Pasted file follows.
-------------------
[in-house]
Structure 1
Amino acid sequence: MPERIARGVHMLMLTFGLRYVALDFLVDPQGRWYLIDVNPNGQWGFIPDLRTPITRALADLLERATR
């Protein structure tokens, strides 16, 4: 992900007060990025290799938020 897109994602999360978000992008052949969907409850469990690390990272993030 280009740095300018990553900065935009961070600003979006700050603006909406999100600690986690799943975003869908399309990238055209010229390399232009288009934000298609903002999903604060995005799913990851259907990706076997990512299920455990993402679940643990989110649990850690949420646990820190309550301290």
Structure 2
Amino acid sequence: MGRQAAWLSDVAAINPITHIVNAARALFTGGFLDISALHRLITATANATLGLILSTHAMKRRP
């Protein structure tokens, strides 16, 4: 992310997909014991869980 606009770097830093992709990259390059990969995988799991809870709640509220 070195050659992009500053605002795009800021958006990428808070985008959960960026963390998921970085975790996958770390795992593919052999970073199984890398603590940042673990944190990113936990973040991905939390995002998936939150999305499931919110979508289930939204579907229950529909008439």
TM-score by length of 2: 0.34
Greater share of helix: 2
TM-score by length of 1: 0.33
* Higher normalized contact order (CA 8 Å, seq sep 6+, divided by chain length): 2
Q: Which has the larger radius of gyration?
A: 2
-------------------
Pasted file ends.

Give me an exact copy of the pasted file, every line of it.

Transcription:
[in-house]
Structure 1
Amino acid sequence: MPERIARGVHMLMLTFGLRYVALDFLVDPQGRWYLIDVNPNGQWGFIPDLRTPITRALADLLERATR
């Protein structure tokens, strides 16, 4: 992900007060990025290799938020 897109994602999360978000992008052949969907409850469990690390990272993030 280009740095300018990553900065935009961070600003979006700050603006909406999100600690986690799943975003869908399309990238055209010229390399232009288009934000298609903002999903604060995005799913990851259907990706076997990512299920455990993402679940643990989110649990850690949420646990820190309550301290």
Structure 2
Amino acid sequence: MGRQAAWLSDVAAINPITHIVNAARALFTGGFLDISALHRLITATANATLGLILSTHAMKRRP
């Protein structure tokens, strides 16, 4: 992310997909014991869980 606009770097830093992709990259390059990969995988799991809870709640509220 070195050659992009500053605002795009800021958006990428808070985008959960960026963390998921970085975790996958770390795992593919052999970073199984890398603590940042673990944190990113936990973040991905939390995002998936939150999305499931919110979508289930939204579907229950529909008439």
TM-score by length of 2: 0.34
Greater share of helix: 2
TM-score by length of 1: 0.33
* Higher normalized contact order (CA 8 Å, seq sep 6+, divided by chain length): 2
Q: Which has the larger radius of gyration?
A: 2